|Saint Abraham the Great|
Miniature from the Menologion of Basil II
Assos, in the Troad, Asia Minor (modern-day Turkey)
|Venerated in||Roman Catholic Church, Eastern Orthodox Church, Coptic Church, Syriac Orthodox Church|
|Feast||July 29; October 24; October 29; December 14|
The Vita of St. Abraham was written by his friend, St. Ephrem.
Abraham was born to a wealthy family near Edessa, during the third century. After receiving an excellent education, Abraham was encouraged to get married. He followed the wishes of his parents, but shortly before the wedding ceremony, he told his bride his desire to dedicate his life to God. His bride accepted this resolution and Abraham retired to a cell near the city, where he walled up the cell door, leaving only a small window open for food to be brought him.
Ten years after he retreated from the world, his parents died, leaving Abraham a wealthy man. He had the inheritance distributed to the poor. Abraham became known throughout the region as a holy man and many came to him for guidance. Reports of his reputation came to the bishop of Edessa who ordained him a priest and sent Abraham to Beth-Kidunaa. When Abraham destroyed the pagan idols and altars, the outraged townspeople drove him away. Abraham would return and urge them to give up their superstitions, and be driven out again. Eventually his persistence began to yield results.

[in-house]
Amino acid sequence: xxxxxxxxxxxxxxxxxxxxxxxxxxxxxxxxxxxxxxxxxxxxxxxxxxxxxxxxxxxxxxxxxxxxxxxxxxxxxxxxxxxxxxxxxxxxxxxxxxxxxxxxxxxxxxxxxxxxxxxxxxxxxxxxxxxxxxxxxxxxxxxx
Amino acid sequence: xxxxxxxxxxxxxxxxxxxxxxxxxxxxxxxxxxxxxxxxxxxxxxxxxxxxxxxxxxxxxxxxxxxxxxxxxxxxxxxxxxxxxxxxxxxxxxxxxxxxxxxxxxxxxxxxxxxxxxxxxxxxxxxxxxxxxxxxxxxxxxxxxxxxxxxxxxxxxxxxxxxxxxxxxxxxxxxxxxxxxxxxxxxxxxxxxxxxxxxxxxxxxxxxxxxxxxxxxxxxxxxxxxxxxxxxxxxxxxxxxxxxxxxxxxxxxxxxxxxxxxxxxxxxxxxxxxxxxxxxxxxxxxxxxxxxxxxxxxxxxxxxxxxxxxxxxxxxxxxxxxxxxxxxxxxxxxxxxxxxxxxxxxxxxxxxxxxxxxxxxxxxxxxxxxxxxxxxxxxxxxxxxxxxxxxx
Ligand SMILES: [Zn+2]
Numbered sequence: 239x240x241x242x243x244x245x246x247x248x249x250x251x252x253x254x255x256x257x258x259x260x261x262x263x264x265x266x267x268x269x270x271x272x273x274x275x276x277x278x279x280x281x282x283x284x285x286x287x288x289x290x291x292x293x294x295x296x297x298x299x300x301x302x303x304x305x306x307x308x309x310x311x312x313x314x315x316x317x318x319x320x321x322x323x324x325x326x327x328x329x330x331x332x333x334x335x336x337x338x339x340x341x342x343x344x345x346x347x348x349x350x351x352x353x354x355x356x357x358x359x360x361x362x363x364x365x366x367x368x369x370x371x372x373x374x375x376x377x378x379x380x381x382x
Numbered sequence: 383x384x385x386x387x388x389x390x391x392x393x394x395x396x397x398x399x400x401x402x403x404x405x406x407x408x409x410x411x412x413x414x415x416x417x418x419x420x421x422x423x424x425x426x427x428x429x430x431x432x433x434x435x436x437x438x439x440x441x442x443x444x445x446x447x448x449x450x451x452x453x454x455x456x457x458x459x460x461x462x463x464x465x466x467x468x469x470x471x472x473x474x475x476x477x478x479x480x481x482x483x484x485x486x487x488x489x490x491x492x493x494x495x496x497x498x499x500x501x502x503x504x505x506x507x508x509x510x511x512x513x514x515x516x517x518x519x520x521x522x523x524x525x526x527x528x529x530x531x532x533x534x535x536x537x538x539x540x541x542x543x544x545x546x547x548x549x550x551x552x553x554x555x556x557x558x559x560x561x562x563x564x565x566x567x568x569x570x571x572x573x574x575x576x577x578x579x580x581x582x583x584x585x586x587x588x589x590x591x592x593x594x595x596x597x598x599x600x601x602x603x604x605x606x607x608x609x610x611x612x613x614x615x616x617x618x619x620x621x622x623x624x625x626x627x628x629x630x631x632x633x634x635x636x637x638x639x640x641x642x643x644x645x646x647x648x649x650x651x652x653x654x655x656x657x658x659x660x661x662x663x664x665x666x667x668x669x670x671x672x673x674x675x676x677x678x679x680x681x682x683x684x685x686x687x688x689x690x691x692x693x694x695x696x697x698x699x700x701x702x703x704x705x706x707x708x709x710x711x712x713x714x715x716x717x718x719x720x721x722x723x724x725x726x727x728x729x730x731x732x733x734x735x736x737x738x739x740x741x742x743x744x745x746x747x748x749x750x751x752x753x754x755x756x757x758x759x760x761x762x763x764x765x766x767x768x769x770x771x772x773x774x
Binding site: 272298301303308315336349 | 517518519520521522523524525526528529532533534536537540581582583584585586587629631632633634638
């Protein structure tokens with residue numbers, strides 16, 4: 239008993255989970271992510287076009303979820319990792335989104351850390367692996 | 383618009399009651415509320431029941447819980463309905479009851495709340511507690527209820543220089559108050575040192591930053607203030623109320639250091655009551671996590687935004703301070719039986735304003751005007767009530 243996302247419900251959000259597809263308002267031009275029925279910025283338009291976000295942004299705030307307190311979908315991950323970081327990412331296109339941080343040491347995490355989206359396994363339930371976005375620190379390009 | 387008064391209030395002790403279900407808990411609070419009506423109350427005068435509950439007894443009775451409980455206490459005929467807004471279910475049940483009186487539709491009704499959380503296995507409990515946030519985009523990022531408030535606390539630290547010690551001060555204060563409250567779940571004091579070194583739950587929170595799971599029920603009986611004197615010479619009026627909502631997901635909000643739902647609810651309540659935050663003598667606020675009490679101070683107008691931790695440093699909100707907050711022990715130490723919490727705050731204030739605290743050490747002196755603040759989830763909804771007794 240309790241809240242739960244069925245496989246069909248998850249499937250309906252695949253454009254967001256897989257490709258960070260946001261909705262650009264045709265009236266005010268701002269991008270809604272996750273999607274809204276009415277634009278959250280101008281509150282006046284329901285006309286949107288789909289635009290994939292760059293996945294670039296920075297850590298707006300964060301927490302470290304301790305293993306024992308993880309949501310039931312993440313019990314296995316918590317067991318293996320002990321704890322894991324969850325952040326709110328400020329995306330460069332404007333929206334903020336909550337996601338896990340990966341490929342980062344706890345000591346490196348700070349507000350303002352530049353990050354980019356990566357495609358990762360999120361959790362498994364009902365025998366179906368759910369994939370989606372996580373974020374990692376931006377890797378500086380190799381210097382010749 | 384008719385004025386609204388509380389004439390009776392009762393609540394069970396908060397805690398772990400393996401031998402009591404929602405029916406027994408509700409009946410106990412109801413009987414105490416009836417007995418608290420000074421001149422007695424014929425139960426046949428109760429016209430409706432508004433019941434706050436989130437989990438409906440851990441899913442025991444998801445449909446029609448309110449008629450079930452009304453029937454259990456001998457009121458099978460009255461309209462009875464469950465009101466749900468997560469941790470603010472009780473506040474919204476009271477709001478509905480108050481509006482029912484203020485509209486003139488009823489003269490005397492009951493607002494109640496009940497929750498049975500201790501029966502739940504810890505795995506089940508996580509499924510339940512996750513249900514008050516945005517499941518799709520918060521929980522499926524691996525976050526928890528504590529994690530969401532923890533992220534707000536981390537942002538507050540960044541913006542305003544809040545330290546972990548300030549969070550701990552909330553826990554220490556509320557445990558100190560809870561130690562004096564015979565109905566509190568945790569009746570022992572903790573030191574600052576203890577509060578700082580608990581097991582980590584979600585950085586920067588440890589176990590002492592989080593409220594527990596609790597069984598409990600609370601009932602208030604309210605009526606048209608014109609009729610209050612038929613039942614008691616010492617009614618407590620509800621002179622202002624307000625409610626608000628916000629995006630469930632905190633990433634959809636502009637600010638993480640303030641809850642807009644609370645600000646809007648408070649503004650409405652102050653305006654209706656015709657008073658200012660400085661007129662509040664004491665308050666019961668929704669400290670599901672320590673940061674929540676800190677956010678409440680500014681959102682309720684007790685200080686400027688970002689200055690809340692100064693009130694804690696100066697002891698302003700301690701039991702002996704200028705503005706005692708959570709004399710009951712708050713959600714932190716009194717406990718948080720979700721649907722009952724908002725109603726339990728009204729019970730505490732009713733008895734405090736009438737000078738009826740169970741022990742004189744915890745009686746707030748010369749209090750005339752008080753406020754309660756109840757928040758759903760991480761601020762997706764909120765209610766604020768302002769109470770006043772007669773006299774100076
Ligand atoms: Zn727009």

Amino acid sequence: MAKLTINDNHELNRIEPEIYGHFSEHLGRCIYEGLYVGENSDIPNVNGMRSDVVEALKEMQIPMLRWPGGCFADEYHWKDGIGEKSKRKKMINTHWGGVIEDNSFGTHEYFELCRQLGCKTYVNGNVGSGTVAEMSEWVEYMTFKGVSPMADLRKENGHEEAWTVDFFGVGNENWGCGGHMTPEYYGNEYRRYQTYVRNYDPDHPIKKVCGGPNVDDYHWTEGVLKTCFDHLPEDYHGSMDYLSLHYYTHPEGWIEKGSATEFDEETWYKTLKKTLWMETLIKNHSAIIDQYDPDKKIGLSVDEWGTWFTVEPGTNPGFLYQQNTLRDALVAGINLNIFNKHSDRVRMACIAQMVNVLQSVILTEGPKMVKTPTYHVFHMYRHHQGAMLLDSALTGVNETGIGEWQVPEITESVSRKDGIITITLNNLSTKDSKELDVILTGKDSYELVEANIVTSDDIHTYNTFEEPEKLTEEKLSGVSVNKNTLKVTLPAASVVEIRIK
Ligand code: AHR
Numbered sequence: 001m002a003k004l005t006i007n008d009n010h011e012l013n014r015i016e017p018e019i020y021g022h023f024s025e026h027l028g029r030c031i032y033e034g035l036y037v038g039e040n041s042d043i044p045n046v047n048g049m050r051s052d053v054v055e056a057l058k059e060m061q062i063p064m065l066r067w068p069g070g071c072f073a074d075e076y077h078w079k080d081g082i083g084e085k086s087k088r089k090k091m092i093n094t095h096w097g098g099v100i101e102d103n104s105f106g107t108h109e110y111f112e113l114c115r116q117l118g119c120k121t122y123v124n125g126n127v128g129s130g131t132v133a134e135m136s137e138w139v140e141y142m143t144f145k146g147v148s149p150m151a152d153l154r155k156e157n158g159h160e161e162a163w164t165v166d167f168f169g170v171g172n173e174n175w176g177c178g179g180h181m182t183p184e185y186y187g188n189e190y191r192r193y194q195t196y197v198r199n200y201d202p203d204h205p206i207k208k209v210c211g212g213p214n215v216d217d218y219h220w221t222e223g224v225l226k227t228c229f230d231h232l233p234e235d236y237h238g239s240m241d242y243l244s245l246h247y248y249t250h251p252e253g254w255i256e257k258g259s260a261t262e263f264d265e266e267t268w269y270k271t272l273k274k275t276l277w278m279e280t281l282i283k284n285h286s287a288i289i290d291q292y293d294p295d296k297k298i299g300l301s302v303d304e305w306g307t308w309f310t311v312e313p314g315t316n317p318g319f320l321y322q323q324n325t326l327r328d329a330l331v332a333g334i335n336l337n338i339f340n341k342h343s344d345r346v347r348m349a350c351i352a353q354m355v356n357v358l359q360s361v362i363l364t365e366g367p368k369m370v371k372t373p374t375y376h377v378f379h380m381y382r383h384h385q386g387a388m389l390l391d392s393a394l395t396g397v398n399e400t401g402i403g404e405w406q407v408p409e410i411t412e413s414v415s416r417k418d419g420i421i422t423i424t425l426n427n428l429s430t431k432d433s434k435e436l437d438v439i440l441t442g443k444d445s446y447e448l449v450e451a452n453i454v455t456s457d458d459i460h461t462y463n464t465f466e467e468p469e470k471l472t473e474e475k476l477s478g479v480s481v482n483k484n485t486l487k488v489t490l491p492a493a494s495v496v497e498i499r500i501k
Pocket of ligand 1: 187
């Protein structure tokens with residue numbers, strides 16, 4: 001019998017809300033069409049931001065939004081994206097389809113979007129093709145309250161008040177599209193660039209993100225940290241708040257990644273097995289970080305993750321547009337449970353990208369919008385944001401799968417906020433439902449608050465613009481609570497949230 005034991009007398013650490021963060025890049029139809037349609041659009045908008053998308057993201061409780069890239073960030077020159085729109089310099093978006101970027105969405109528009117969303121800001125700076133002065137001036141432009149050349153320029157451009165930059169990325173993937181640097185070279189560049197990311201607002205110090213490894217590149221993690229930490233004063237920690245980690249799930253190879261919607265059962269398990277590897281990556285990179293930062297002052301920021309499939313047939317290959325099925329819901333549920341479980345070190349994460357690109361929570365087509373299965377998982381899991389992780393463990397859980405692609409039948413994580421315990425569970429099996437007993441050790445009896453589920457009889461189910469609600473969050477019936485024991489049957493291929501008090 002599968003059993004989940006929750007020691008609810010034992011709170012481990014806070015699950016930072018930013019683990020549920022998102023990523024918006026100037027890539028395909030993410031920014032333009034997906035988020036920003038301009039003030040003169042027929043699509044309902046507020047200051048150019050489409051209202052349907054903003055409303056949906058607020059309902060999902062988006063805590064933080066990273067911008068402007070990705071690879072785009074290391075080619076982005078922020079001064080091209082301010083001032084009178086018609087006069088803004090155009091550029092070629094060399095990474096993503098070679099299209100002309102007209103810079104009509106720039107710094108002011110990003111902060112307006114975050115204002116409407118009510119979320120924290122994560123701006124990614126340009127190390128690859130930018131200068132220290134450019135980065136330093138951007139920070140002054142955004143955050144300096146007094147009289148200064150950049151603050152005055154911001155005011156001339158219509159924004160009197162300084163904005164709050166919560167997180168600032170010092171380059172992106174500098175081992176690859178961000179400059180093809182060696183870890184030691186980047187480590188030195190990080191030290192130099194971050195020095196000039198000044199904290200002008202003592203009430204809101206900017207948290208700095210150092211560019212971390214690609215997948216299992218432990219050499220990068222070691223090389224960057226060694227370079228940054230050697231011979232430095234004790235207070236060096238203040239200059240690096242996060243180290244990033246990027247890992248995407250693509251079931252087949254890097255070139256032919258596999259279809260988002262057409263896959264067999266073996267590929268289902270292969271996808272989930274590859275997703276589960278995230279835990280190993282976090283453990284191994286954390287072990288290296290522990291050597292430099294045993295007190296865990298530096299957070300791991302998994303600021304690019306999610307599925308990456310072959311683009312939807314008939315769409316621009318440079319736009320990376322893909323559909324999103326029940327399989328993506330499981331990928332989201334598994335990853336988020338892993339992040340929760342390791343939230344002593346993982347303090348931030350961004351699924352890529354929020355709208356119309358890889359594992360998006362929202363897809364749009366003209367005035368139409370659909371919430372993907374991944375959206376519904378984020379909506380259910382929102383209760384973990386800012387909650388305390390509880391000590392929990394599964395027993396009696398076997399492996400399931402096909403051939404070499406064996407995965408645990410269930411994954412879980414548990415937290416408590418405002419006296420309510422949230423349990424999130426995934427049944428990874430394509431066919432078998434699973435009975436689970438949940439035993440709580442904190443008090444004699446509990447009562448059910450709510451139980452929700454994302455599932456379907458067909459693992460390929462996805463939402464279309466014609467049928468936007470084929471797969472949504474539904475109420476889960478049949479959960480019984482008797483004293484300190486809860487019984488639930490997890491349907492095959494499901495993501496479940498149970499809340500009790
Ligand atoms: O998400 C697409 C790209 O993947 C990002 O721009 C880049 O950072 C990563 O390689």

Abraham worked among them for the three years, when fearing that he would begin to desire material possessions he returned to his cell near Edessa where he spent the next fifty years in prayer and penance. He was known never to reprove anyone sharply but always with charity and gentleness.
Around the year 360 Abraham died at the age of seventy after a long life of service to God.
A popular story recounts that his orphan in care of
Mary had been entrusted to his care. He built a cell near his own and trained her in learning and piety until she was twenty. At this point, seduced by a false monk, she ran away ashamed and went to Troas, where she wound up a prostitute. For two years he lamented her departure not knowing what happened. When he finally learned where she was, he boldly went and recovered her.
The feast day of Saint Abraham is October 29 in the Eastern Orthodox Church and in the Roman Catholic Church. The Syriac Catholic Church commemorates him on December 14, the Coptic Church on July 29, the Syriac Orthodox Church on October 24.
- Butler, Alban. "St. Abraham, Hermit", The Lives of the Saints, Vol.III, 1866
- Johnson, Elizabeth. "St. Abraham Kidunaia: the runaway groom", Faith magazine, Diocese of Lansing, Michigan, March 2010
- "Abraham Kidunaia", Oxford Dictionary of Saints
- "St. Abraham Kidunaia", Catholic Courier, Diocese of Rochester, March 9, 2008 Archived December 7, 2014, at the Wayback Machine.
- Staley, Tony. "Left the altar for the desert", The Compass, Diocese of Green Bay, Wisconsin, March 14, 2003
- Martyrologium Romanum (Libreria Editrice Vaticana 88-209-7210-7). The date was formerly March 16.
- The Life of Saint Abraham, Hermit, by S. Ephraem the Deacon
- Holweck, F. G. A Biographical Dictionary of the Saints. St. Louis, MO: B. Herder Book Co. 1924.